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REVIEW: 'Tony Oliva' by Thom Henninger

Cody Christie



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blog-0692649001434635668.jpgFor baseball fans across the Upper Midwest, Tony Oliva has become one of the most well known personalities. His infectious smile and broken English endeared him to any smiling face with a hand to shake and a baseball to sign. Tony O has become a legend but it's amazing to think of how close he was to never having a baseball career.


These trials and tribulations form the backdrop of the recent book release, Tony Oliva: The Life and Times of a Minnesota Twins Legend by Thom Henninger. Oliva, a Cuban native, left behind family and friends to pursue his baseball dreams. Shortly after arriving in the United States the pipeline of native Cuban players would be cutoff following Fidel Castro seizing control of the island and the ill-fated Bay of Pig invasion.


Oliva found himself stuck. The Twins released him after his first spring training because he wasn't experienced enough to make the big league squad and it was often dangerous to have African American players on minor league affiliates in the South. Without the political turmoil in his homeland, Oliva likely would have returned to Cuba and worked on the family farm.


His path took him in a different direction and this sacrifice meant he wouldn't see his family members until years later. Tony O's choice meant Twins fans were blessed to see one of the best hitters in the history of the game. He won three batting titles including back-to-back titles in his first two seasons. His hit total led the league five times, four times he lead the league in doubles, and he was a member of eight straight All-Star teams from 1964-71.


Even with all of the accolades he earned throughout his career, it's hard to imagine the life he chose for himself. Starting a life in a foreign country with few English skills and a dream of playing professional baseball had to be a daunting task that few can comprehend especially in the midst of turmoil in his homeland and the Civil Rights Movement in the United States.


One of the most emotional moments in the book happens at what should have been one of the happiest times for Oliva. In 1965, Minnesota clinched their first trip to the World Series. Through the fog of champagne in the locker room, Oliva sat quietly in the corner away from the group as he began to cry. Getting to the World Series was the high point of his major league career but Oliva couldn't help but long for his family and the life he left behind.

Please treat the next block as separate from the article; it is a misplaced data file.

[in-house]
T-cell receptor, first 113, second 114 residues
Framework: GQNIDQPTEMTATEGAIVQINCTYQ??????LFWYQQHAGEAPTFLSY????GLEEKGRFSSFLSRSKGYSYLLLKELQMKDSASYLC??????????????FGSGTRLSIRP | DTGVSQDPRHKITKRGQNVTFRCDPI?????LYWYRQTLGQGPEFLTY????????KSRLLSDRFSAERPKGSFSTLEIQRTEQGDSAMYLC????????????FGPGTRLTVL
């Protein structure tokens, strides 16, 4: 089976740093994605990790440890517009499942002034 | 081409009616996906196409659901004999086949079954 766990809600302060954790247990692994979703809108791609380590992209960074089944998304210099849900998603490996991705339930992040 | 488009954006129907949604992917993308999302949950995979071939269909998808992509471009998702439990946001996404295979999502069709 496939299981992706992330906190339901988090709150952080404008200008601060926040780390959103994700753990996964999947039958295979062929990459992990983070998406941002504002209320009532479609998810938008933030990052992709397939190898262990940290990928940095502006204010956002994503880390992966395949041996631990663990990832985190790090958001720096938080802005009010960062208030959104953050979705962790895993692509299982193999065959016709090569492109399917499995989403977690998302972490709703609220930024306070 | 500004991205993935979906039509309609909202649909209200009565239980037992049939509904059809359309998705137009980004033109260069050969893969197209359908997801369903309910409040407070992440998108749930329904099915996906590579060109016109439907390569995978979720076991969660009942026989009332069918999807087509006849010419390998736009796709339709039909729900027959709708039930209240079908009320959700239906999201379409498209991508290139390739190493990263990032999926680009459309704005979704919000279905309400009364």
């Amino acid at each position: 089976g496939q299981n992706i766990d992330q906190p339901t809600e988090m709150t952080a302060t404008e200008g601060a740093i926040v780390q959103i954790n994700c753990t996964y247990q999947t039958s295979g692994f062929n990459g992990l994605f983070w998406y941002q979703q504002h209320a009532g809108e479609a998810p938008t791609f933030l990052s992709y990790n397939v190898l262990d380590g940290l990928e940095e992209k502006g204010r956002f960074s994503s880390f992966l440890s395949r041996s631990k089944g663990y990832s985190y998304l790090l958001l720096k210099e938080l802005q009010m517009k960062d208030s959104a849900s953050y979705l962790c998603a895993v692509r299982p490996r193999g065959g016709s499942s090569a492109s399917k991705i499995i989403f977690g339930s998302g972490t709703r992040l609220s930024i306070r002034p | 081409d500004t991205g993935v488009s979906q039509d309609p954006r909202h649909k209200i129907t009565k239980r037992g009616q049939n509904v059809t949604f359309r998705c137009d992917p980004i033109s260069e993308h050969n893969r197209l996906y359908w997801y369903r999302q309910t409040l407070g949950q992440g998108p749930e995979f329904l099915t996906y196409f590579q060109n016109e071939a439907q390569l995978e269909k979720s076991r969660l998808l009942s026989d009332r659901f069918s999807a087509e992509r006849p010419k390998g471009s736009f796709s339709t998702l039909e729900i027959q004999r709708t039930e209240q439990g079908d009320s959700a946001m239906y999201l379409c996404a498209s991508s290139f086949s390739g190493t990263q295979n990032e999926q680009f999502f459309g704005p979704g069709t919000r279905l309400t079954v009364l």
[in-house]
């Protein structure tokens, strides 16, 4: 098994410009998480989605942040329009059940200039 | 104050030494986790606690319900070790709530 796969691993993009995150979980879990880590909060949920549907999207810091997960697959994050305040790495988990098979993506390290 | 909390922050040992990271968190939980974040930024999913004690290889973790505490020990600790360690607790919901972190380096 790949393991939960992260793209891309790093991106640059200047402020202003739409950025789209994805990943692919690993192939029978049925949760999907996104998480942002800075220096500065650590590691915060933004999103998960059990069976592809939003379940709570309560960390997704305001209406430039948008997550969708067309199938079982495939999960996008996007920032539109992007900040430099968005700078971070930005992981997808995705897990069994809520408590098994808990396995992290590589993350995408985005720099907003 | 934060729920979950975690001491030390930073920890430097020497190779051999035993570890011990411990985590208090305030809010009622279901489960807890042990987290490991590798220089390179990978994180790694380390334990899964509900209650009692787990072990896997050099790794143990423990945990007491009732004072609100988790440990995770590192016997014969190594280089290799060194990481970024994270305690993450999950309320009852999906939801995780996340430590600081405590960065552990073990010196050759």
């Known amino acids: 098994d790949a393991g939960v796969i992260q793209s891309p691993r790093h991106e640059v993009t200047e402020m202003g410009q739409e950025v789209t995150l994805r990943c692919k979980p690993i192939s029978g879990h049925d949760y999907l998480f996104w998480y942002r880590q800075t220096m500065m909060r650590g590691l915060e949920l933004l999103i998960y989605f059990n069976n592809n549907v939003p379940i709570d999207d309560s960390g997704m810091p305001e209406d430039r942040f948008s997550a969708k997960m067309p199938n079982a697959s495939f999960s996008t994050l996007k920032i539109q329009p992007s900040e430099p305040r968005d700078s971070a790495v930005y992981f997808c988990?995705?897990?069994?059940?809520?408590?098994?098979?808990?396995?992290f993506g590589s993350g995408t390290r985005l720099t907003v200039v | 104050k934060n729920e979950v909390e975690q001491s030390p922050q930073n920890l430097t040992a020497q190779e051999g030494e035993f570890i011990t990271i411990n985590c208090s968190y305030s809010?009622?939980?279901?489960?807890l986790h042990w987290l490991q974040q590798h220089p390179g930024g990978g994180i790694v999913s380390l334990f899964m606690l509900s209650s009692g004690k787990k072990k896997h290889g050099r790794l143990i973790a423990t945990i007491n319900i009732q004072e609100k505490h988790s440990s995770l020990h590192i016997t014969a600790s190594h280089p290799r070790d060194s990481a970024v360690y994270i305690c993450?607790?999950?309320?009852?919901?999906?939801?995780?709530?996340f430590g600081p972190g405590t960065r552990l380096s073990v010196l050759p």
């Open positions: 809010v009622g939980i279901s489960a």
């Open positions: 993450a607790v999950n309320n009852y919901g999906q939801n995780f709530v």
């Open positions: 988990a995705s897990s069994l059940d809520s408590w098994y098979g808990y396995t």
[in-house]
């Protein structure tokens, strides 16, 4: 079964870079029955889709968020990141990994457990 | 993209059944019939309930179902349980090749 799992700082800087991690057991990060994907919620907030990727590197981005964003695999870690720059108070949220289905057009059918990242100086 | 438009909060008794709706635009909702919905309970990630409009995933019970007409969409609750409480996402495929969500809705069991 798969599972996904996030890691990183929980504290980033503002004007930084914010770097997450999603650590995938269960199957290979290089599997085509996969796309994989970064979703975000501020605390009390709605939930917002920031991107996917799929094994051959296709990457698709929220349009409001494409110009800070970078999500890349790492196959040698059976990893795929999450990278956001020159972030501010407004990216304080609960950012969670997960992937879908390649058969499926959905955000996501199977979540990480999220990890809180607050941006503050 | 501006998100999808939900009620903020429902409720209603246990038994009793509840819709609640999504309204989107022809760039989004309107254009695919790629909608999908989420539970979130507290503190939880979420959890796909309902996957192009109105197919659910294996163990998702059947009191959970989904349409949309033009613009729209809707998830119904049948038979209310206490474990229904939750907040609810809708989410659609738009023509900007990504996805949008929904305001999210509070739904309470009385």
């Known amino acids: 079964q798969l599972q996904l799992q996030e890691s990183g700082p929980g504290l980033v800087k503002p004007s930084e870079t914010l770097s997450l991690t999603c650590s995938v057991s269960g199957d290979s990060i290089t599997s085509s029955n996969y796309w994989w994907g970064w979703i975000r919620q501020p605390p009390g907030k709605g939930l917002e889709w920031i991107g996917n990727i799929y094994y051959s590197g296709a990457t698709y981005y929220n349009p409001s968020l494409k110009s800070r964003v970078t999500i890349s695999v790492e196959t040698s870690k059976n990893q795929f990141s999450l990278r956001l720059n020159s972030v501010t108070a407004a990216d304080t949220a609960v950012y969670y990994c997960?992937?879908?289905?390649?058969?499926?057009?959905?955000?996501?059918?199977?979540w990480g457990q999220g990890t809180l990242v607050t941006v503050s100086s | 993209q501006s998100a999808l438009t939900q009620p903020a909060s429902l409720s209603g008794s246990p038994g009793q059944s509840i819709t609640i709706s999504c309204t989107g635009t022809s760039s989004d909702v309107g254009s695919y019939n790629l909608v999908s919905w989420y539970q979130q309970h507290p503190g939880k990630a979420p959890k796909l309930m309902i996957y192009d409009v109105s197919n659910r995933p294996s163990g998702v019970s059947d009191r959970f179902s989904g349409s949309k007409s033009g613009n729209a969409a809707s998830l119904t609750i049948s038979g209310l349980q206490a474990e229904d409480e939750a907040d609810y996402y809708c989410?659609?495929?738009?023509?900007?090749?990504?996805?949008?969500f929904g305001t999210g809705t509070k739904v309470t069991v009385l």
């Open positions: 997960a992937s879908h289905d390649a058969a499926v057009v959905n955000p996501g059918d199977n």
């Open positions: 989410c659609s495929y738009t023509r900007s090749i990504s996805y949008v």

That's the kind of portrait painted of Oliva through the course of the book. He's a man that would do anything for his friends and family and Twins fans are lucky enough to be included in his closest circle. Tony O treats everyone like family even after every obstacle that he has overcome.


Reflecting back on the career of Oliva inevitably comes back to his candidacy for enshrinement in Cooperstown. From 1964-71, Tony O was one of the best and most feared hitters in the game by combining power with average. Unfortunately, his career was sabotaged by a multitude of knee surgeries.


Some might argue that other players with less deserving resumes are already in the Hall of Fame and Oliva fell one vote short of enshrinement during the most recent Veteran's Committee vote. Is eight years of playing at the top of the game enough to earn a plaque?


That's a debate for another day but it's clear from the pages of this book that Oliva is already a Hall of Fame player to everyone in Twins Territory...


...even if he doesn't have a plaque to show for it.


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I'm reading this right now - his is certainly an interesting story, and considering he accomplished what he did while playing through injuries is remarkable. 


Pretty similar career to Puckett really, minus the championships. Given his role as good-will ambassador for the game of baseball on top of his career, I'd love to see him enshrined eventually. 

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